The nauseous smelling gas we call sulphide of hydrogen has a density only a little greater than that of air, and its molecules must therefore move with very nearly as great velocity as the average air molecule—that is to say, about 1,480 feet a second; and we might therefore expect that, on opening a jar of the gas, its molecules would spread instantly through the surrounding atmosphere. But so far from this, if the air is quiet, so that the gas is not transported by currents, a very considerable time will elapse before the characteristic odor is perceived on the opposite side of an ordinary room. The reason is obvious—the molecules must elbow their way through the crowd of air-molecules which already occupy the space, and can therefore advance only slowly; and it is obvious that, the oftener they come into collision with their neighbors, the slower their progress must be. Knowing, then, the mean velocity of the molecular motion, and being able to measure by appropriate means the rate of diffusion, as it is called, we have the data from which we can calculate both the number of collisions in a second and also the mean path between two successive collisions. The results, as we must expect, are of the same order as the other molecular magnitudes. But inconceivably short as the free path of a molecule certainly is, it is still, in the case of hydrogen gas, 136 times the diameter of the moving body, which would certainly be regarded among men as quite ample elbow-room.
Although, in this lecture, I have as yet had no occasion to mention the radiometer, I have by no means forgotten my main subject, and everything which has been said has had a direct bearing on the theory of this remarkable instrument; and still, before you can understand the great interest with which it is regarded, we must follow out another line of thought, converging on the same point.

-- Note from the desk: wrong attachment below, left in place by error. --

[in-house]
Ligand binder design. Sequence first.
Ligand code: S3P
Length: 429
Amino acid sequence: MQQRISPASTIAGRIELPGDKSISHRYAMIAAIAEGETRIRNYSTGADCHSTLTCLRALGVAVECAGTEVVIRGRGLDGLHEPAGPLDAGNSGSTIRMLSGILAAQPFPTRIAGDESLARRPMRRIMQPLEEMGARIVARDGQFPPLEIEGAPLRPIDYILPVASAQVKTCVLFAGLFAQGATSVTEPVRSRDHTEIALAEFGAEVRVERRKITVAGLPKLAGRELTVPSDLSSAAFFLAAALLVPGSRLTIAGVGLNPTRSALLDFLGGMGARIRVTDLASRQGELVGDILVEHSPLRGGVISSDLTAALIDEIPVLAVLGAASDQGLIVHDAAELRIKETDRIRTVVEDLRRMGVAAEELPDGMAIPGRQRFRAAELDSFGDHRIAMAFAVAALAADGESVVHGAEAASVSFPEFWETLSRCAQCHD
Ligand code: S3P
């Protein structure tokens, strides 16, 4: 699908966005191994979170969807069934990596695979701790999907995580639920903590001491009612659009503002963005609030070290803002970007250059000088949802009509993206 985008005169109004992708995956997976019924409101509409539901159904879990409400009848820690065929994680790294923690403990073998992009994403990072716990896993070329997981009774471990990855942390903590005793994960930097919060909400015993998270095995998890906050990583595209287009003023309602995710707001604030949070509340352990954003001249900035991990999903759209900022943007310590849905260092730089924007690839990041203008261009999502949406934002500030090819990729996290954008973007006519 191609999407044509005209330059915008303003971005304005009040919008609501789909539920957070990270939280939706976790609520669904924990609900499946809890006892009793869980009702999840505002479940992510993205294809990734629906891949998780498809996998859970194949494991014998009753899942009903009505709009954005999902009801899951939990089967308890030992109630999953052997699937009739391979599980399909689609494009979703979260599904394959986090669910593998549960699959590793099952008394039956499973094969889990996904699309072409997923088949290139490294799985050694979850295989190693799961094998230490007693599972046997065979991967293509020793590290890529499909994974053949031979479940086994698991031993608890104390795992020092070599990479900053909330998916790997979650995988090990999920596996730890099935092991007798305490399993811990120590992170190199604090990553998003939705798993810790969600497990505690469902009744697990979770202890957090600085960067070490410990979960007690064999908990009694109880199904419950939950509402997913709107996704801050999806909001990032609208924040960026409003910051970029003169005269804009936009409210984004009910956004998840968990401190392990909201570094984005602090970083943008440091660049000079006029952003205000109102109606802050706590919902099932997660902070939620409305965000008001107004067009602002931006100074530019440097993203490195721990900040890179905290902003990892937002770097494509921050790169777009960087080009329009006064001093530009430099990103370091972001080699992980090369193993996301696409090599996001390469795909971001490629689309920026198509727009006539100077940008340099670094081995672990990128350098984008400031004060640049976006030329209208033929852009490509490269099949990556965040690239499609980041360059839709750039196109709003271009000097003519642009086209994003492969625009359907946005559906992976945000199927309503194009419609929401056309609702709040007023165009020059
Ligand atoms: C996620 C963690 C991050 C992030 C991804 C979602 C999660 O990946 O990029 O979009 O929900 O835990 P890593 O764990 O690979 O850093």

One of the most remarkable results of modern science is the discovery that all energy at work on the surface of this planet comes from the sun. Most of you probably saw, at our Centennial Exhibition, that great artificial cascade in Machinery Hall, and were impressed with the power of the steam-pump which could keep flowing such a mass of water. But, also, when you stood before the falls at Niagara, did you realize the fact that the enormous floods of water, which you saw surging over those cliffs, were in like manner supplied by an all-powerful pump, and that pump the sun? And not only is this true, but it is equally true that every drop of water that falls, every wave that beats, every wind that blows, every creature that moves on the surface of the earth, one and all, are animated by that mysterious effluence we call the sunbeam. I say mysterious effluence; for how that power is trans-
- There is an obvious distinction between the free and the disturbed path of a molecule, and we cannot overlook in our calculations the perturbations which the collisions necessarily entail. Such considerations greatly complicate the problem, which is far more difficult than would appear from the superficial view of the subject that can alone be given in a popular lecture.